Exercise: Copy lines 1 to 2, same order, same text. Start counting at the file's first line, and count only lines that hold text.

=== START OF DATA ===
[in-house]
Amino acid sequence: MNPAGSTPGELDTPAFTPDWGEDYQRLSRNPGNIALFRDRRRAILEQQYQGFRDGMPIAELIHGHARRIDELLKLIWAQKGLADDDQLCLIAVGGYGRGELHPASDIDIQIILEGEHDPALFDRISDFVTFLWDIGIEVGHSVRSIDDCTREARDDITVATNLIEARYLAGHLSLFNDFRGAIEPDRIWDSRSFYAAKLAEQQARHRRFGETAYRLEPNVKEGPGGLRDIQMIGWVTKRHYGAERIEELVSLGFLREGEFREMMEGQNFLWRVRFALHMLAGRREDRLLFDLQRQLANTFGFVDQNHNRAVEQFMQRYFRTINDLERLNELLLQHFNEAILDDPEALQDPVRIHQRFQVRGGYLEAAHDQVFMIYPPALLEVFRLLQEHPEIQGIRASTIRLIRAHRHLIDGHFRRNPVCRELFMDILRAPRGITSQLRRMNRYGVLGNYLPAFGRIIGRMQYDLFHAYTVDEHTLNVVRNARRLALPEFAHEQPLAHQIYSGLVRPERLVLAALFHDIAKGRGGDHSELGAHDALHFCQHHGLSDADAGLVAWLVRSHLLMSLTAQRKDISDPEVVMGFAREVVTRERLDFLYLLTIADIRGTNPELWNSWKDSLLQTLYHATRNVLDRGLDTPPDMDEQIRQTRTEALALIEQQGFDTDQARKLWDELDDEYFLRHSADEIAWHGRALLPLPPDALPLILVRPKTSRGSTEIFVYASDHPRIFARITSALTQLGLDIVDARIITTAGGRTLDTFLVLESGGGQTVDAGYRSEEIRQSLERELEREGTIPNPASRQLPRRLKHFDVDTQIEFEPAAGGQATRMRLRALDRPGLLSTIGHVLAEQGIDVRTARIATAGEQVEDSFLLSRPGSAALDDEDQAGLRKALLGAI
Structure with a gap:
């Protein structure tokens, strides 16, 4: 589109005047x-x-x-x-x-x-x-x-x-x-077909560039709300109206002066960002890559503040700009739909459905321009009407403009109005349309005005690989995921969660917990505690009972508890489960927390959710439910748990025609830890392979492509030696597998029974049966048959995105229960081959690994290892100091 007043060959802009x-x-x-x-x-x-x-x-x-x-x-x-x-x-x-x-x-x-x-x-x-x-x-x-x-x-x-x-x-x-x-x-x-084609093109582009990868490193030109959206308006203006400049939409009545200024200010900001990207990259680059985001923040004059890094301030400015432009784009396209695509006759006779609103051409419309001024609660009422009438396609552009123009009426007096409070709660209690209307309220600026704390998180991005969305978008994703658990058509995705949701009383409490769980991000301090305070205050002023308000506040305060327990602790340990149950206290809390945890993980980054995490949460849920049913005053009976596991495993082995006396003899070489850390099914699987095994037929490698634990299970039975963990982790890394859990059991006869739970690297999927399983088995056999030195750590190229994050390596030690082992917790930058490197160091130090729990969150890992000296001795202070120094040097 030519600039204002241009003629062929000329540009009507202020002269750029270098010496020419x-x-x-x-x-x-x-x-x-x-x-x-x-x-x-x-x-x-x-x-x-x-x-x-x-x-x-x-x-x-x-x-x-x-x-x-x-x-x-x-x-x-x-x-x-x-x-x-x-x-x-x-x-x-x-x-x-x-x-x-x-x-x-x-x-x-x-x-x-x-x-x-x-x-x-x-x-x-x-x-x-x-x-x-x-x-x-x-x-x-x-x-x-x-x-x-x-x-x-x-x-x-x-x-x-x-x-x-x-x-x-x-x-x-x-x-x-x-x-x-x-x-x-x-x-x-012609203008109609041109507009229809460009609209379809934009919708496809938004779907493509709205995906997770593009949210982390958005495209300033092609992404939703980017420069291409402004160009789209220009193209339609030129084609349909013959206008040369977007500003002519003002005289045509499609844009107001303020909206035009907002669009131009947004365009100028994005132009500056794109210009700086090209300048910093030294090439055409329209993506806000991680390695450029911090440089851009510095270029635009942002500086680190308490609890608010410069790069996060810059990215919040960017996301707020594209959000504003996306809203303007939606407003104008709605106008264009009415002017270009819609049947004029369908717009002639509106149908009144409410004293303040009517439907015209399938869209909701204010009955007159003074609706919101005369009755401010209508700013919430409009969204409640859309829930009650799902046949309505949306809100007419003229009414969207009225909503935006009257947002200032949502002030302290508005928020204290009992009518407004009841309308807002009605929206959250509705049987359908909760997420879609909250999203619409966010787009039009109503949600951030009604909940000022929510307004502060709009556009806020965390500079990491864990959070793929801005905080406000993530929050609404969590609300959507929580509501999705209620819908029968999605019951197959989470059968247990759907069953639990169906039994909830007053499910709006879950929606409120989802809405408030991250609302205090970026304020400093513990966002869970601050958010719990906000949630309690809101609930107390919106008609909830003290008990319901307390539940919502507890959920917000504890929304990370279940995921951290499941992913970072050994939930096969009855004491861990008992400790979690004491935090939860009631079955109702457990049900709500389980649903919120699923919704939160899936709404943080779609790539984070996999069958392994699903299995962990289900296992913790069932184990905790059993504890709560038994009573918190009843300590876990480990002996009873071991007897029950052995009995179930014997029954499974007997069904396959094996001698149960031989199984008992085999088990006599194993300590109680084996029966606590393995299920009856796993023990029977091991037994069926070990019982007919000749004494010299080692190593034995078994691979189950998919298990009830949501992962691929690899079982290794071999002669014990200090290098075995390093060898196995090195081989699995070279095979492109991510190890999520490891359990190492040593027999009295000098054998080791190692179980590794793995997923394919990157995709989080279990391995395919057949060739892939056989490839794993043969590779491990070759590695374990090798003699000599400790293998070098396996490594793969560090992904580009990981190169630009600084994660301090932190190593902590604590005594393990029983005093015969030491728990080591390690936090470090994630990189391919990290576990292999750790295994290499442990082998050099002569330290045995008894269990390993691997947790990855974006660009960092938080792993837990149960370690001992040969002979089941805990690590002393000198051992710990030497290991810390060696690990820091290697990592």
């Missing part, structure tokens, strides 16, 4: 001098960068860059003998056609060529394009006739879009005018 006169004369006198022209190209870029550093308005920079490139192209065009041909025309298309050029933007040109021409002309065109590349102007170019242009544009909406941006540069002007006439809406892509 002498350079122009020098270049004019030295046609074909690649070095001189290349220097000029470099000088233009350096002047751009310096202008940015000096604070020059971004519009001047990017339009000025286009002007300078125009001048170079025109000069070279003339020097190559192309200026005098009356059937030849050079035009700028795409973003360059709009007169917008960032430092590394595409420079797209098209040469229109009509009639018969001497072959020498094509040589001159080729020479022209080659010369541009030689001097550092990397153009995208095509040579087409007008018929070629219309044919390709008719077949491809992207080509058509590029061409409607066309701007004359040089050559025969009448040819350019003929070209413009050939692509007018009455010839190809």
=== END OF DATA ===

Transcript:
[in-house]
Amino acid sequence: MNPAGSTPGELDTPAFTPDWGEDYQRLSRNPGNIALFRDRRRAILEQQYQGFRDGMPIAELIHGHARRIDELLKLIWAQKGLADDDQLCLIAVGGYGRGELHPASDIDIQIILEGEHDPALFDRISDFVTFLWDIGIEVGHSVRSIDDCTREARDDITVATNLIEARYLAGHLSLFNDFRGAIEPDRIWDSRSFYAAKLAEQQARHRRFGETAYRLEPNVKEGPGGLRDIQMIGWVTKRHYGAERIEELVSLGFLREGEFREMMEGQNFLWRVRFALHMLAGRREDRLLFDLQRQLANTFGFVDQNHNRAVEQFMQRYFRTINDLERLNELLLQHFNEAILDDPEALQDPVRIHQRFQVRGGYLEAAHDQVFMIYPPALLEVFRLLQEHPEIQGIRASTIRLIRAHRHLIDGHFRRNPVCRELFMDILRAPRGITSQLRRMNRYGVLGNYLPAFGRIIGRMQYDLFHAYTVDEHTLNVVRNARRLALPEFAHEQPLAHQIYSGLVRPERLVLAALFHDIAKGRGGDHSELGAHDALHFCQHHGLSDADAGLVAWLVRSHLLMSLTAQRKDISDPEVVMGFAREVVTRERLDFLYLLTIADIRGTNPELWNSWKDSLLQTLYHATRNVLDRGLDTPPDMDEQIRQTRTEALALIEQQGFDTDQARKLWDELDDEYFLRHSADEIAWHGRALLPLPPDALPLILVRPKTSRGSTEIFVYASDHPRIFARITSALTQLGLDIVDARIITTAGGRTLDTFLVLESGGGQTVDAGYRSEEIRQSLERELEREGTIPNPASRQLPRRLKHFDVDTQIEFEPAAGGQATRMRLRALDRPGLLSTIGHVLAEQGIDVRTARIATAGEQVEDSFLLSRPGSAALDDEDQAGLRKALLGAI